Liver disease is a progressive, often debilitating and many times deadly condition. Though liver disease can develop due to factors that are completely outside of your control, such as Hepatitis C, it often develops as a result of excessive alcohol consumption.
If you live with alcohol-induced liver cirrhosis, you may wonder if the fact that you essentially caused your own illness disqualifies you from receiving Social Security Disability benefits. The good news is that it does not.
Basic qualifying conditions for alcohol-induced cirrhosis
According to Nolo, the Social Security Administration maintains basic qualifying criteria for persons who live with alcohol-induced liver cirrhosis. For instance, your condition must either prevent you from working or it must prevent you from engaging in substantial gainful activity. SGA is any activity that allows you to earn more than $1,310 per month. If neither is the case, you do not qualify for SSD.
Your medical records must also demonstrate that your doctor expects the cirrhosis to last for at least 12 months and/or to end in your eventual death. You will not struggle to meet these criteria, as cirrhosis is a chronic condition that can be fatal without strict management and ongoing medical intervention.
Finally, you must demonstrate that your condition has become severe enough that it has more than just a minimal impact on your work-related activities. For instance, common symptoms of cirrhosis include extreme fatigue and weakness, both of which may prevent you from engaging in your usual work activities. If you can demonstrate that you meet these criteria, the SSA will determine if your condition is on the official Listing of Impairments.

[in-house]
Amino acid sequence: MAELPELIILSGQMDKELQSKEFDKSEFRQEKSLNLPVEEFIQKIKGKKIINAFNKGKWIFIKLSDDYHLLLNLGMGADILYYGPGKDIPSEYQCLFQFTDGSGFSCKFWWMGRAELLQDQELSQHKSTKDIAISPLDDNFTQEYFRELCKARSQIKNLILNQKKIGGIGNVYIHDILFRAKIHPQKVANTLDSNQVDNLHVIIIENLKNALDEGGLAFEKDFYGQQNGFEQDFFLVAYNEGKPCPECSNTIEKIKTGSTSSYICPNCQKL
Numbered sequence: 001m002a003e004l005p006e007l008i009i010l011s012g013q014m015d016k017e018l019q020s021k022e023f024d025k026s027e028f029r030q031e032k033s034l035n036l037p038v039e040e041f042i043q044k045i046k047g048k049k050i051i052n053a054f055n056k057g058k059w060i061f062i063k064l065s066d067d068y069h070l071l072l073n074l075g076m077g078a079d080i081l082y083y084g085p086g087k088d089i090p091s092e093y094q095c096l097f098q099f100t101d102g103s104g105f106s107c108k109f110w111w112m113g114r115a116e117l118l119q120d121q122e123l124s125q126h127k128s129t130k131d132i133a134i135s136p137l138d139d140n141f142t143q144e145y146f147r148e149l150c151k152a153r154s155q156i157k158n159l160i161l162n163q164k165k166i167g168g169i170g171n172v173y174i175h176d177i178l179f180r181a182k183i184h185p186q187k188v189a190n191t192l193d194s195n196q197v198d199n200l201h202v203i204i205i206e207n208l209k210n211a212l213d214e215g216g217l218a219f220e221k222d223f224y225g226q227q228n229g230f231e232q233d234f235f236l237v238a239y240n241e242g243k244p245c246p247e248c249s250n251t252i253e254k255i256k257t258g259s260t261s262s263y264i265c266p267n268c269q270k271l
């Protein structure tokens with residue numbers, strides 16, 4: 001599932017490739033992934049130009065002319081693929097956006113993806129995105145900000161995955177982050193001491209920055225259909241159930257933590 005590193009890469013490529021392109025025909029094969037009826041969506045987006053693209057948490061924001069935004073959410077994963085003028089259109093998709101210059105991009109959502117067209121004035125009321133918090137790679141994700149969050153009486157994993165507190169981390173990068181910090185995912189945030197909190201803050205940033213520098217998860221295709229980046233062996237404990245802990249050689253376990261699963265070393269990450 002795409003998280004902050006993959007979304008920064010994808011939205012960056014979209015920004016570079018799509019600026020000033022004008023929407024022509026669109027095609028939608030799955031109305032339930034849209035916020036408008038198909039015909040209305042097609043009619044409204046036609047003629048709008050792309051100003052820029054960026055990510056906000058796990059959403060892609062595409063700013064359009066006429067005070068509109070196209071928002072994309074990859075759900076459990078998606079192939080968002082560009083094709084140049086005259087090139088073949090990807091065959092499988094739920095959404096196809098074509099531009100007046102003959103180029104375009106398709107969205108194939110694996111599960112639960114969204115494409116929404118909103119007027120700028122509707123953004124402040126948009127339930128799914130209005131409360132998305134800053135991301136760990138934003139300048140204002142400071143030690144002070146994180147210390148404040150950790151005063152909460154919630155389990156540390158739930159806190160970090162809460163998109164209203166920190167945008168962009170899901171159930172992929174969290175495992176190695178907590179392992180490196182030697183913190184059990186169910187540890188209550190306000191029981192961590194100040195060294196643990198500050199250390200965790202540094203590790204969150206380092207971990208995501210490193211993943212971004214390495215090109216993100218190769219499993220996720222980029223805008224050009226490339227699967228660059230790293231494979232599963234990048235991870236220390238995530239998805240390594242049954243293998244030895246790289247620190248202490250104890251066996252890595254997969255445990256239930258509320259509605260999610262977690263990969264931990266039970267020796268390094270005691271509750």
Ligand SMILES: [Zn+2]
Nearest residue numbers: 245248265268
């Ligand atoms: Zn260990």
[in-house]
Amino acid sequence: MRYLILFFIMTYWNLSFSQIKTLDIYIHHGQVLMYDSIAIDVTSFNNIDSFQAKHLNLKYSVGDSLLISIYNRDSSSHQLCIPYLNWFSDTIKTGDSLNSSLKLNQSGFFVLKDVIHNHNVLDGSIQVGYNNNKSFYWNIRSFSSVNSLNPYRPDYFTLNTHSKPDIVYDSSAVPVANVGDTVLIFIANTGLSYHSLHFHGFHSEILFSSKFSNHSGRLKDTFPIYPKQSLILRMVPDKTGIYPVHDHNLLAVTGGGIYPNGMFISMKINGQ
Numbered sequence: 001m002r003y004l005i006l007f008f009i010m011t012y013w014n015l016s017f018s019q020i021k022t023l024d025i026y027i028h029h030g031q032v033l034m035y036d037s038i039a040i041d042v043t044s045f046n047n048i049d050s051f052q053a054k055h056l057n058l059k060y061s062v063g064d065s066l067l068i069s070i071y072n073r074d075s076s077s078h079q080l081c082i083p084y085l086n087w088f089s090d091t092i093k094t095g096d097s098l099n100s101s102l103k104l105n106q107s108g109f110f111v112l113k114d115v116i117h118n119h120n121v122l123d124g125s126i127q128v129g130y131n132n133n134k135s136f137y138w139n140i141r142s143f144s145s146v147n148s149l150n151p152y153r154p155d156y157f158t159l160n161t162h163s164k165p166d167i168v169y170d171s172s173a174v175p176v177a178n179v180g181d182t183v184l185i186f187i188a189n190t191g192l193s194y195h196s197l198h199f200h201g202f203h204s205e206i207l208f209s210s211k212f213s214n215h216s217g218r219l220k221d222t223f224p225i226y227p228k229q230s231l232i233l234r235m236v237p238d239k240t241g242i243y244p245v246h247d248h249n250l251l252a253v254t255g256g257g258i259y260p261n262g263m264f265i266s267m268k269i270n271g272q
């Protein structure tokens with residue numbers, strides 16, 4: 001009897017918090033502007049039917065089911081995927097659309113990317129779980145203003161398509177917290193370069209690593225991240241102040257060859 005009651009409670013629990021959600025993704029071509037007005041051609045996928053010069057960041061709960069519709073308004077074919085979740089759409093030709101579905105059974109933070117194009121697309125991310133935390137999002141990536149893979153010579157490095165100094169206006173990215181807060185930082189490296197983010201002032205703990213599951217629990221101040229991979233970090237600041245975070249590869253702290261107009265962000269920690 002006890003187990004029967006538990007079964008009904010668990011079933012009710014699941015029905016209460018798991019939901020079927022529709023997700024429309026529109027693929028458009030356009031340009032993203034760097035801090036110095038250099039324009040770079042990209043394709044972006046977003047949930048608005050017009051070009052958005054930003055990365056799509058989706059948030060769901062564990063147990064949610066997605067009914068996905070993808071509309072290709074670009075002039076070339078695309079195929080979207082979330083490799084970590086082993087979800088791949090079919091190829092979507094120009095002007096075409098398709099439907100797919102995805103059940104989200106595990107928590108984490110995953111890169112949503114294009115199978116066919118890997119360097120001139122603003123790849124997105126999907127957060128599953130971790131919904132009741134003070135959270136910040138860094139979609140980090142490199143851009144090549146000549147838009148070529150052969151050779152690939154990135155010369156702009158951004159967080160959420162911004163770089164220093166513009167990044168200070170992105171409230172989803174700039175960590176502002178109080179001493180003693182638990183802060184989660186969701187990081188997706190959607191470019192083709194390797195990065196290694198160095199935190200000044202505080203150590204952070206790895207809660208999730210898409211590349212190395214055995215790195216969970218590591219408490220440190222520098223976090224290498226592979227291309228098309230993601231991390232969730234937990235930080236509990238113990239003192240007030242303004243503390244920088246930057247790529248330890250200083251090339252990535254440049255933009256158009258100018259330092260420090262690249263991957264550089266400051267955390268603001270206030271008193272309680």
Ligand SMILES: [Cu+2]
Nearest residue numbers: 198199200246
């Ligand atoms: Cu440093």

Receiving automatic approval for chronic liver disease
The SSA’s Listing of Impairments contains a section for Chronic Liver Disease. If you meet the listing’s requirements, you will automatically qualify for benefits. Per the requirements, you may automatically qualify for benefits if you experienced one or more of the following complications because of your illness:
- Ascites (fluid buildup in the peritoneal cavity)
- Gastrointestinal hemorrhage that necessitates a blood transfusion
- Hydrothorax (fluid buildup in the pleural cavity)
- Hepatopulmonary syndromes
- Spontaneous bacterial peritonitis
- Hepatic encephalopathy
- End-stage liver disease
Unfortunately, even if you can prove you live with one or more of the above complications, you may not automatically qualify for SSD benefits. The criteria are complex, and you must meet conditions within conditions. The right medical and legal teams can help you establish the severity of your condition and qualify for SSD benefits.